Monthly Archives: September 2012

14 posts

El Sistema Student Orchestra Debuts in Somerville

The children of El Sistema perform at the East Somerville Community School
The children of El Sistema perform for the first time at the East Somerville Community School. Look at that adorable little smile!

The word “inspiring” is overused, but it’s the only one I can think of that captures what I saw at the East Somerville Community School last night. I was fortunate to attend the Somerville debut of El Sistema, a daily after-school program that enriches the lives of at-risk kids through music education. The young musicians meet for three hours each school day to learn the basics of musical performance and theory, and they do so thanks to the generosity of neighbors and community groups who have donated instruments.

Funding for arts education has suffered around the country over the last decade, which makes partnerships with groups such as El Sistema all the more vital. And for anyone who’s ever suffered through traditional music lessons, I need to stress just how different El Sistema’s approach is. “El Sistema is a completely different way of learning an instrument,” district music director Rick Saunders told the Somerville Journal, “because children play together in an orchestra every day for at least two hours, compared to the typical 40-minute instrument lesson per week. With so much time to play, the children progress rapidly.”

The benefits of music education are incredible, and the younger students start, the more music helps. Kids learn discipline by practicing every day, they understand how to work together as a team by performing together, and perhaps most importantly, they develop stronger spacial and reasoning skills without even knowing it. El Sistema also makes sure that its students eat a nutritious after-school snack.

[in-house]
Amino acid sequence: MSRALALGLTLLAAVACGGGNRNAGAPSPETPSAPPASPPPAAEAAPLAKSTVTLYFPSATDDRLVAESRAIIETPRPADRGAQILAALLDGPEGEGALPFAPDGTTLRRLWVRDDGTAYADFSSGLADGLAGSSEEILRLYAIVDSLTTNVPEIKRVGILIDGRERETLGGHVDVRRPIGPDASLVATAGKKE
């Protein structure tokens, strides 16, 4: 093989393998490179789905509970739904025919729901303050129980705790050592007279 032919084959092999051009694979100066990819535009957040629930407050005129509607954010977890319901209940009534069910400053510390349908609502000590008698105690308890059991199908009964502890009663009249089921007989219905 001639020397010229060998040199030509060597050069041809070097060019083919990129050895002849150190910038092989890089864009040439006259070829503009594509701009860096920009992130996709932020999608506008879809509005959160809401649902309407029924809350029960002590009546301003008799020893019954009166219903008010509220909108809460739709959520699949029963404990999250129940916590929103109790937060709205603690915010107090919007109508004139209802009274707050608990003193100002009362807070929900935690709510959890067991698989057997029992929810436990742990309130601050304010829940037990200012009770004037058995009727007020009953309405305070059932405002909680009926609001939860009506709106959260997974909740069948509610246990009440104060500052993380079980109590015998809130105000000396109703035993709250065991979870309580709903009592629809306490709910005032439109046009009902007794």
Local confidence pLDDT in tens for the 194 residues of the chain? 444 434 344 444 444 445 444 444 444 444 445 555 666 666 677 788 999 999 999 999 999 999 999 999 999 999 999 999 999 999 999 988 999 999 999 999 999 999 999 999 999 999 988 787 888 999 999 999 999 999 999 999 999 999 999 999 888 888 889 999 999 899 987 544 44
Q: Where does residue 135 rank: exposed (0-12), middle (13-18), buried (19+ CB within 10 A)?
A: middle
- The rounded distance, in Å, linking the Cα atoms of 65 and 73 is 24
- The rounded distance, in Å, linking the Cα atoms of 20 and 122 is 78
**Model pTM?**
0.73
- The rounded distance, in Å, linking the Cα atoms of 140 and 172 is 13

El Sistema is exactly the kind of educational partner we need in our schools. I want to say thank you to El Sistema, to the East Somerville Community School, and to the talented young musicians who performed last night. It was an absolute pleasure, and I’m excited to see the program’s Somerville debut get off to such an amazing start.

Tim Celebrates Signing of Child Hearing Aid Law with Governor Patrick, Rep. Garballey, and Other Elected Officials

This afternoon, a group of concerned parents gathered with Representatives and Senators for Governor Patrick’s ceremonial signing of H.52, “An Act to Provide Access to Hearing Aids for Children.” I cannot tell you how many times I heard people at the ceremony saying, “This is such a good bill,” and that’s a testament to the hard work of my colleague Representative Sean Garballey, who was the chief sponsor of H.52.

Governor Patrick listens to parents describe the hardship of learning that their child was diagnosed with permanent hearing loss, and of the relief and hope that Rep. Garballey’s bill has brought to them and their children.

And it really is a good bill: H.52 plugs a critical gap in early-childhood health care by expanding on a 1998 law that mandates post-natal hearing screenings. While newborns have been screened for hearing loss for more than a decade, insurers were not required to cover the vital medical devices that would restore the gift of sound to these young lives.